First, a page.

Monday, June 18, 2007

Toxic Tooth Paste

Months ago I was bored and spent time accidentally locked in a bathroom for a very brief period of time. During that time I absently decided to read a warning label on the back of a toothpaste tube. As expected many laughed at my post. I was a little surprised by the warning that said "Do Not Swallow". This was on the back of my daughter's toothpaste which was marketed for toddlers and children. To me it seemed impossible for a toddler to not swallow at least some of the toothpaste while brushing their teeth. I can recall many times when I did it as a child instead of spitting it out in the sink. I even recall swallowing toothpaste as an adult when unexpected guests arrived and I was all out of mints. I would place a small dab on my tongue, close my mouth and rub it all over my tongue and swallow. It never occurred to me until that silly day I was stuck in the bathroom randomly reading the back of a tube of toothpaste.

When I was freed from the hotel bathroom and returned safely home I decided to post it on my blog. Apparently the amount of toothpaste ingested has a lot to do with it and my friend the Curmudgeon pointed out it would take a sufficient amount of regular toothpaste. I was relieved.

Today when I went to read my email I came across this article by Aarthi Sivaraman....

Two residents of the New York City borough of Staten Island who said they had used the counterfeit toothpaste were hospitalized, the Staten Island Advance newspaper reported.

The FDA traced the counterfeit toothpaste to New Jersey distributor MS USA Trading Inc., Arbesfeld said.

On Thursday, Colgate reported finding phony "Colgate" toothpaste in discount stores in New York, New Jersey, Pennsylvania and Maryland.

The counterfeit toothpaste may contain the toxic chemical diethylene glycol, or DEG, and is labeled as being manufactured in South Africa. It comes in a 5-ounce (100 ml) tube, a size Colgate does not make or sell in the United States, the company said.
The chemical is sometimes illegally used as an inexpensive sweetener and thickening agent. It is also found in solvents and antifreeze.

DEG-contaminated toothpaste has been seized in Costa Rica, the Dominican Republic, Panama and Nicaragua. The sweet substance, sometimes used as a substitute for glycerin, was found in cough syrup in Panama that led to the deaths of at least 100 people last year.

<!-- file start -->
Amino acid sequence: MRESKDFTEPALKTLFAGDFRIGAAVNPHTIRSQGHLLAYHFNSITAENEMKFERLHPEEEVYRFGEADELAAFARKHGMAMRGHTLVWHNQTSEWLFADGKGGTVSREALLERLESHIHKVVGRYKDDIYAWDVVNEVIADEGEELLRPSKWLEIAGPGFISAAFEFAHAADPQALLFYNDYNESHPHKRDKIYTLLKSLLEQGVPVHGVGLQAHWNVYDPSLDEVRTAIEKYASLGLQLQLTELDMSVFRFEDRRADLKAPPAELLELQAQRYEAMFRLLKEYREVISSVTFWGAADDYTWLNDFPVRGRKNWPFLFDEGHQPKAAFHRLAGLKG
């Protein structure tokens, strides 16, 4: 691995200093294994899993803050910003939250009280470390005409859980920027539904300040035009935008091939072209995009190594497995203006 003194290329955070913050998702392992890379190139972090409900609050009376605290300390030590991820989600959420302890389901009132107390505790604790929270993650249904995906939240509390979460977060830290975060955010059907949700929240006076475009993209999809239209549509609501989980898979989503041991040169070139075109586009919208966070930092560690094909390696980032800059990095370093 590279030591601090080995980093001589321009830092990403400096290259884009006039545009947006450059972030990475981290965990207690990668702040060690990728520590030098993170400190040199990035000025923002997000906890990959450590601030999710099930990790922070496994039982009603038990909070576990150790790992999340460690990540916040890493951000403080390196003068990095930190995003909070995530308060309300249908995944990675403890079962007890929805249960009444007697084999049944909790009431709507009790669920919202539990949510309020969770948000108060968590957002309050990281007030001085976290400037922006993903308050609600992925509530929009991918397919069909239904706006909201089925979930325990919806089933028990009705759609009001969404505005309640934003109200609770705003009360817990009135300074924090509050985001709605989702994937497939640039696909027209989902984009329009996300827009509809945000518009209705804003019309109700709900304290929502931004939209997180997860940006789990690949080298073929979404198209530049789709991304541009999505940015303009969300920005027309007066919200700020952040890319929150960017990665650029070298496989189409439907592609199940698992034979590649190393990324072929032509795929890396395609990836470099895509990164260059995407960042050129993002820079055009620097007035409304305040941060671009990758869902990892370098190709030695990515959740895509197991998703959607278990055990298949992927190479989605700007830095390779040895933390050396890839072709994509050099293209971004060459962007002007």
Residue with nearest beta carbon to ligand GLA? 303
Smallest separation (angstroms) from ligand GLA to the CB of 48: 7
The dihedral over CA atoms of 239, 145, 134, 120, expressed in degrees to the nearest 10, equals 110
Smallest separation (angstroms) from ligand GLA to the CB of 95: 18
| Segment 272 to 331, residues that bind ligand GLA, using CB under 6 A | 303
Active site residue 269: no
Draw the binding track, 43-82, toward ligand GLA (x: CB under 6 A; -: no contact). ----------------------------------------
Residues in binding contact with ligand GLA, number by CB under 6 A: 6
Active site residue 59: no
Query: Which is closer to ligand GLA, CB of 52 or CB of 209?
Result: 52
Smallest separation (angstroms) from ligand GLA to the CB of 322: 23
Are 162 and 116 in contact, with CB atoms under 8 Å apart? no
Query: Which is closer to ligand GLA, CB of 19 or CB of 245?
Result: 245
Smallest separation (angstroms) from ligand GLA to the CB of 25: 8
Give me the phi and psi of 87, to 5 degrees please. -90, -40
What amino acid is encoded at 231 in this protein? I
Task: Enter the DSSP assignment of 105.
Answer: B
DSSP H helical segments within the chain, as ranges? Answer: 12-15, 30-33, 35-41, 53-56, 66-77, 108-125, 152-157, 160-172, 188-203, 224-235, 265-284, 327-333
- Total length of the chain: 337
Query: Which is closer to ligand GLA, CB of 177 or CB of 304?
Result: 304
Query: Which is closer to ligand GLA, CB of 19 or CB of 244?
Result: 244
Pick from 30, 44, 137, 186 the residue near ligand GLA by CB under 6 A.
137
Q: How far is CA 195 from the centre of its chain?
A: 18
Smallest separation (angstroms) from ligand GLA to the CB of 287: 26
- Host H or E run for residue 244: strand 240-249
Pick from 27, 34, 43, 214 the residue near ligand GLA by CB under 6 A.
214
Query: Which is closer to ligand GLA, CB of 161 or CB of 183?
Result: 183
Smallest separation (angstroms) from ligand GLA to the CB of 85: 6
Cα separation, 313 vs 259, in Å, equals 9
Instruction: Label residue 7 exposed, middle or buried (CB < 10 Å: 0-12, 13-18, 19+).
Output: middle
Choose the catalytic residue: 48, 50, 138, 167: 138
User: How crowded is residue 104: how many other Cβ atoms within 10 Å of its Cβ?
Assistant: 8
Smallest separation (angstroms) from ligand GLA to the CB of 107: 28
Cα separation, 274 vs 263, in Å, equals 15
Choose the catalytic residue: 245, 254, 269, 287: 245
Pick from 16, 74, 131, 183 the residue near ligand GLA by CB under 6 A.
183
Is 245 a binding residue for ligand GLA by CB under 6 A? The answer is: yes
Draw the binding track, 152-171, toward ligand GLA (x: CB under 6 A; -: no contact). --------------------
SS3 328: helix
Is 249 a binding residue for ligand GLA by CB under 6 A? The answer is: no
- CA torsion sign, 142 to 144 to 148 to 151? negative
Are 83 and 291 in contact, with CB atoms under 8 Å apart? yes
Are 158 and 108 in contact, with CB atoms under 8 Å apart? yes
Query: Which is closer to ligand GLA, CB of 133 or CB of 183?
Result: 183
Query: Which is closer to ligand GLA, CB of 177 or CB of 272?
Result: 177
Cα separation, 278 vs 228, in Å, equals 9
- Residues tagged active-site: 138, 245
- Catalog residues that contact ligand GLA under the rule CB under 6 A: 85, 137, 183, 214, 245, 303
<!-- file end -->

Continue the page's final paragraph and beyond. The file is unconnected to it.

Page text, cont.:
MS USA is recalling all lots of 5-ounce Colgate toothpaste tubes it distributed to discount retail stores in the four states, according to a statement. MS USA could not be reached for additional comment.

Consumers can identify the counterfeit product by the size as well as the label tracing it to South Africa, Colgate said. In addition, there are misspellings on the package including "SOUTH AFRLCA" and "isclinically," Colgate said.
Two weeks ago the FDA warned consumers to avoid any toothpaste made in China after its inspectors found DEG in tubes sold at two stores. It also issued an import alert to prevent all toothpaste from three Chinese companies that make brands found to contain DEG from entering the United States.

More information about the toothpaste products in question can be found on the FDA's web site

Check your toothpaste. If I do not hear from you or see you writing a new entry in your blog I might feel the need to call the FDA. "Fake Colgate has attacked my friend! Send Help!!"


Lahdeedah said...

Fake colgate!

Always be sure to get your toothpaste from a reputable dealer.

Pageant Mom said...

I PUH-ROM-ISSS it wasn't any sort of bad toothpaste that waylaid me!!!

Go figure, fake toothpaste!!! blee-yechh!! Could it really be THAT much cheaper?

MommasWorld said...

Hip Hurray!! I was wondering where the heck you went off to Pageant Mom. I was afraid you might have packed the bad travel size toothpaste. Great to hear from you!

Glad Lahdeedah is ok too!!